Hammond was replaced as Governor of the Isle of Wight on 27 November, and placed in the custody of the army the following day. In Pride’s Purge on 6 and 7 December, the members of Parliament out of sympathy with the military were arrested or excluded by Colonel Thomas Pride while others stayed away voluntarily. The remaining members formed the Rump Parliament. It was effectively a military coup.

Charles was moved to Hurst Castle at the end of 1648 and thereafter to Windsor Castle. In January 1649, the Rump House of Commons indicted him on a charge of treason, which was rejected by the House of Lords. The idea of trying a king was a novel one.

The Chief Justices of the three common law courts of England – Henry Rolle Oliver St John and John Wilde – all opposed the indictment as unlawful. The Rump Commons declared itself capable of legislating alone, passed a bill creating a separate court for Charles’s trial, and declared the bill an act without the need for royal assent.

The trial began on 20 January 1649 in Westminster Hall

After the proceedings were declared open Solicitor General John Cook rose to announce the indictment, standing immediately to the right of the King, he began to speak but he had uttered only a few words when Charles attempted to stop him by tapping him sharply on the shoulder with his cane and ordering him to “Hold”.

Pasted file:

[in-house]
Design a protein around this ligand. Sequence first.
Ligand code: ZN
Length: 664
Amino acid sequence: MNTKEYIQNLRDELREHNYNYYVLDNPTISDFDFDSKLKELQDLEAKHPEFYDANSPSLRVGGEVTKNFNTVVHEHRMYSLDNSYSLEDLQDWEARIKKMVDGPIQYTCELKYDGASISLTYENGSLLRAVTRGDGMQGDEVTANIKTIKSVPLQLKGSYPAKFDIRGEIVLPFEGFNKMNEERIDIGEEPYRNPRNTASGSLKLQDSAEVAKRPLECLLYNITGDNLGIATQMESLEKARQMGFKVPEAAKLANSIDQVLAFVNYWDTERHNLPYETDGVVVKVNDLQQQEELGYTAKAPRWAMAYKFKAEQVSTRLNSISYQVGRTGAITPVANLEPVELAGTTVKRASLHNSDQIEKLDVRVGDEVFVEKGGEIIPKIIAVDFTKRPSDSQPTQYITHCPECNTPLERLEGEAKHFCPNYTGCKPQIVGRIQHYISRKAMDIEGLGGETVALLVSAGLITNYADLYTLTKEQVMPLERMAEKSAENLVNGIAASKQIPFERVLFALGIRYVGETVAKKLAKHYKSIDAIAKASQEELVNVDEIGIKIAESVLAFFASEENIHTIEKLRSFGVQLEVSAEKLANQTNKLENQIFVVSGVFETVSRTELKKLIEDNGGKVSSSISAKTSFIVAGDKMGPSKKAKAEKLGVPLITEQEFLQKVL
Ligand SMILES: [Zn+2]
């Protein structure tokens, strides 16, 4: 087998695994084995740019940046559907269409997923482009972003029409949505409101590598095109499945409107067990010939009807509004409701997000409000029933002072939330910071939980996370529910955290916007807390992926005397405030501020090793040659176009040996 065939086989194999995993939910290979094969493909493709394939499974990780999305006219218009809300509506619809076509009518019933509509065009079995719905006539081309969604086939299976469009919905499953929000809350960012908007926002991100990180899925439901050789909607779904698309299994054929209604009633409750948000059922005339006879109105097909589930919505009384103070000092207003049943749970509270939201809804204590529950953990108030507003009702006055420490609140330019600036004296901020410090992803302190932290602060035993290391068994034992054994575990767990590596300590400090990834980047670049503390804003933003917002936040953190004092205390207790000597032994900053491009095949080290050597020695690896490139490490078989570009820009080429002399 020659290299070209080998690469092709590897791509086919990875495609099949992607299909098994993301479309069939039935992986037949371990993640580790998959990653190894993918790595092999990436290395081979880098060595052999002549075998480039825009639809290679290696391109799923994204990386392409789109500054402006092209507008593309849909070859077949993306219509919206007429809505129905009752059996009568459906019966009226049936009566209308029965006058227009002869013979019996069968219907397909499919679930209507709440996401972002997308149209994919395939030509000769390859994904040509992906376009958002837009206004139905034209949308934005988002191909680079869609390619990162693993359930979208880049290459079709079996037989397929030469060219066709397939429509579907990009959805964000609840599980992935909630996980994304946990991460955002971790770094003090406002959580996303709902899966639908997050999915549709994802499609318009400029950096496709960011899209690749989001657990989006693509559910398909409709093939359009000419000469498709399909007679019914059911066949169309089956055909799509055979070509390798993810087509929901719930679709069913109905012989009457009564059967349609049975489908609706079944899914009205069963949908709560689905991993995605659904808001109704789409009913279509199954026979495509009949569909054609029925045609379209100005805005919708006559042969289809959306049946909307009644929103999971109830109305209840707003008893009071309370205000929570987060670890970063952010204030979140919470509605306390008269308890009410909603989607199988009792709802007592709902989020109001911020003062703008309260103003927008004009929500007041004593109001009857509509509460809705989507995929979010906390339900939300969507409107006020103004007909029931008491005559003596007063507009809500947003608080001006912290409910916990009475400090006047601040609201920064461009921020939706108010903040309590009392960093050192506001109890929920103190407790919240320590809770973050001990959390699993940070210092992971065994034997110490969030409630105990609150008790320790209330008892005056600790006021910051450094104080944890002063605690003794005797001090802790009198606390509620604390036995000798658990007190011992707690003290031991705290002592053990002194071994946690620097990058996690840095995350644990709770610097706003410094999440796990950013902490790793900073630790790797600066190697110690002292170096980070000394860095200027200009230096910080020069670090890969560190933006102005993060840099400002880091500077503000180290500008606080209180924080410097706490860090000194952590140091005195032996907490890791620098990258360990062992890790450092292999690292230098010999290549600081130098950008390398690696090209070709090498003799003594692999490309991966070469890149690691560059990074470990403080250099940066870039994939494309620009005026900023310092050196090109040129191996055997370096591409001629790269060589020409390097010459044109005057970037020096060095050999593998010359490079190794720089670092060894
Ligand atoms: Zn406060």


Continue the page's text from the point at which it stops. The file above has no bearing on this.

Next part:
Cook ignored this and continued, so Charles poked him a second time and rose to speak despite this, Cook continued. At this point Charles incensed at being thus ignored, struck Cook across the shoulder so forcefully that the ornate silver tip of the cane broke off rolled down Cook’s gown and clattered onto the floor between them. With nobody willing to pick it up for him, Charles had to stoop down to retrieve it himself.

When given the opportunity to speak Charles refused to enter a plea claiming that no court had jurisdiction over a monarch. He believed that his own authority to rule had been due to the divine right of kings given to him by God, and by the traditions and laws of England when he was crowned and anointed, and that the power wielded by those trying him was simply that of force of arms

Charles insisted that the trial was illegal…